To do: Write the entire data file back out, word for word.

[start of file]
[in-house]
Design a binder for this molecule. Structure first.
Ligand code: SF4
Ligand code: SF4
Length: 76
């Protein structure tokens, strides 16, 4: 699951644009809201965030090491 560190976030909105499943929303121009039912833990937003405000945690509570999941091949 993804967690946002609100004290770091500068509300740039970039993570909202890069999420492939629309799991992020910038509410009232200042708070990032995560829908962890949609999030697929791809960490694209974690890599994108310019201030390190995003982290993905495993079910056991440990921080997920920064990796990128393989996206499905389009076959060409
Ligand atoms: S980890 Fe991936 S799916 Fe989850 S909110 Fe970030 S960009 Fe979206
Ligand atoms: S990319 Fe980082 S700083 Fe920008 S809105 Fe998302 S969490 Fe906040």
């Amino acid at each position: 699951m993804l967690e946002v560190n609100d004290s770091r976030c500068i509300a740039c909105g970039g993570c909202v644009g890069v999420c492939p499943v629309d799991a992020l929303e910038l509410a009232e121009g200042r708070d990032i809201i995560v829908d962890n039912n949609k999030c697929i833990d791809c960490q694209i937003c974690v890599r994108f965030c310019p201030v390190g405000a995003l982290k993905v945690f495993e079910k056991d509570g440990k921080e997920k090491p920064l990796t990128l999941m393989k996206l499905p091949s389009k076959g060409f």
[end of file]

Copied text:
[in-house]
Design a binder for this molecule. Structure first.
Ligand code: SF4
Ligand code: SF4
Length: 76
């Protein structure tokens, strides 16, 4: 699951644009809201965030090491 560190976030909105499943929303121009039912833990937003405000945690509570999941091949 993804967690946002609100004290770091500068509300740039970039993570909202890069999420492939629309799991992020910038509410009232200042708070990032995560829908962890949609999030697929791809960490694209974690890599994108310019201030390190995003982290993905495993079910056991440990921080997920920064990796990128393989996206499905389009076959060409
Ligand atoms: S980890 Fe991936 S799916 Fe989850 S909110 Fe970030 S960009 Fe979206
Ligand atoms: S990319 Fe980082 S700083 Fe920008 S809105 Fe998302 S969490 Fe906040």
């Amino acid at each position: 699951m993804l967690e946002v560190n609100d004290s770091r976030c500068i509300a740039c909105g970039g993570c909202v644009g890069v999420c492939p499943v629309d799991a992020l929303e910038l509410a009232e121009g200042r708070d990032i809201i995560v829908d962890n039912n949609k999030c697929i833990d791809c960490q694209i937003c974690v890599r994108f965030c310019p201030v390190g405000a995003l982290k993905v945690f495993e079910k056991d509570g440990k921080e997920k090491p920064l990796t990128l999941m393989k996206l499905p091949s389009k076959g060409f």